Personal Narrative: My Hero

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Personal Narrative
As a blossoming adolescent at the innocent age of eleven, my most prominent concerns were sneaking makeup past my mother, adapting to the overwhelming ecosystem that was sixth grade, and figuring out which cat-themed T-shirt I would purchase with my birthday money. My twelfth birthday came and went; I had a small party at which my friends and I watched Napoleon Dynamite and ate pizza. The doorbell rang, and my father appeared with his new wife. I scarcely acknowledged his presence, accepted his gift, gave the obligatory hug and “I love you,” and then he was gone. Forever.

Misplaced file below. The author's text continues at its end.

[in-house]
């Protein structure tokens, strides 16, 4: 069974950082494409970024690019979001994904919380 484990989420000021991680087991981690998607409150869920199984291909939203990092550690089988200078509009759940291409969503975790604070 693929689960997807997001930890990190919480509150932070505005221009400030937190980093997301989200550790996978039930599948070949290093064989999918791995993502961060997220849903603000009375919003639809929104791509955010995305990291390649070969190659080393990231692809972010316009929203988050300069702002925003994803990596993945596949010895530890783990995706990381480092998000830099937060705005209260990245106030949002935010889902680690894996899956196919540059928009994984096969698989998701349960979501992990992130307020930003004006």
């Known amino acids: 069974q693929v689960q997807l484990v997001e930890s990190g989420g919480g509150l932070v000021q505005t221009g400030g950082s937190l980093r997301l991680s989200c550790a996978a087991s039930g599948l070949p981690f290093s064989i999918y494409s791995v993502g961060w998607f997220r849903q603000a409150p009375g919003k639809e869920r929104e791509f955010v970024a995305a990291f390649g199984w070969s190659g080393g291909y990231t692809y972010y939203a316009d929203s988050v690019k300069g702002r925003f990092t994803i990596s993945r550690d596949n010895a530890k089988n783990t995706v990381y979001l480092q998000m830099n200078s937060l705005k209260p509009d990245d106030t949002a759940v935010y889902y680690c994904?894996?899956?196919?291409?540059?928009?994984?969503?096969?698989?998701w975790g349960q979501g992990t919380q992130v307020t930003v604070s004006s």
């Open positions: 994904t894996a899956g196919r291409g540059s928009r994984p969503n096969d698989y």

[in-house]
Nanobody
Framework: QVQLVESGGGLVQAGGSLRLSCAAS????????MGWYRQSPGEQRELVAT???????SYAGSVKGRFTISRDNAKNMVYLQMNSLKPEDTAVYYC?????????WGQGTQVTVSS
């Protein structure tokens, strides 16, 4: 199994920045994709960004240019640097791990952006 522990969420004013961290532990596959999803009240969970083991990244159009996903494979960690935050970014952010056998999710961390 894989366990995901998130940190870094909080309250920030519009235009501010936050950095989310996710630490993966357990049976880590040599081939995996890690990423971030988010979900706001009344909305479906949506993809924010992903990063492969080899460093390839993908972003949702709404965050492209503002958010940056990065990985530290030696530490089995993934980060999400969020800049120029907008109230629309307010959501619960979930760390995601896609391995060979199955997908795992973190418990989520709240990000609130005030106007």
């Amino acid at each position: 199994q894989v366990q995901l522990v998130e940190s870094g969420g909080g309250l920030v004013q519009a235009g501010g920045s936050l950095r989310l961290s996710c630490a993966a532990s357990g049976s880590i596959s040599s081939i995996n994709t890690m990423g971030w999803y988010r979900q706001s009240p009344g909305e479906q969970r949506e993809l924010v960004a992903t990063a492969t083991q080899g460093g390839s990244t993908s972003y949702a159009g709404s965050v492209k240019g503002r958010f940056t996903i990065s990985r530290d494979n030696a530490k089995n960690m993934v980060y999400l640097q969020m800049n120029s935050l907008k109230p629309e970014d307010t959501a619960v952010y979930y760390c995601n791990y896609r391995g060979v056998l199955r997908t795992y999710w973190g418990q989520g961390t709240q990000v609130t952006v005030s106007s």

Keith Fenton was the prime example of a stand-up guy. As a high school dropout turned entrepreneur, he knew what it meant to struggle. When I was young, I was not entirely aware of my father’s past, but I know now that he rose out of substance abuse, and I think he made it his mission to compensate for any damage he had done to the world by helping others. He took people on the streets to restaurants, let a homeless man from his Alcoholics Anonymous group use his own shower, and extended his care across species to nurse an abused, diseased dog back to health. At the time, I had no idea what any of his acts of kindness meant to the world, but now I consider him to be my hero. Few people I have met are as generous as my father, and I know he would wish nothing more than for me to continue his legacy of relieving the pain that often plagues the world.
There was no way to know that on Friday,
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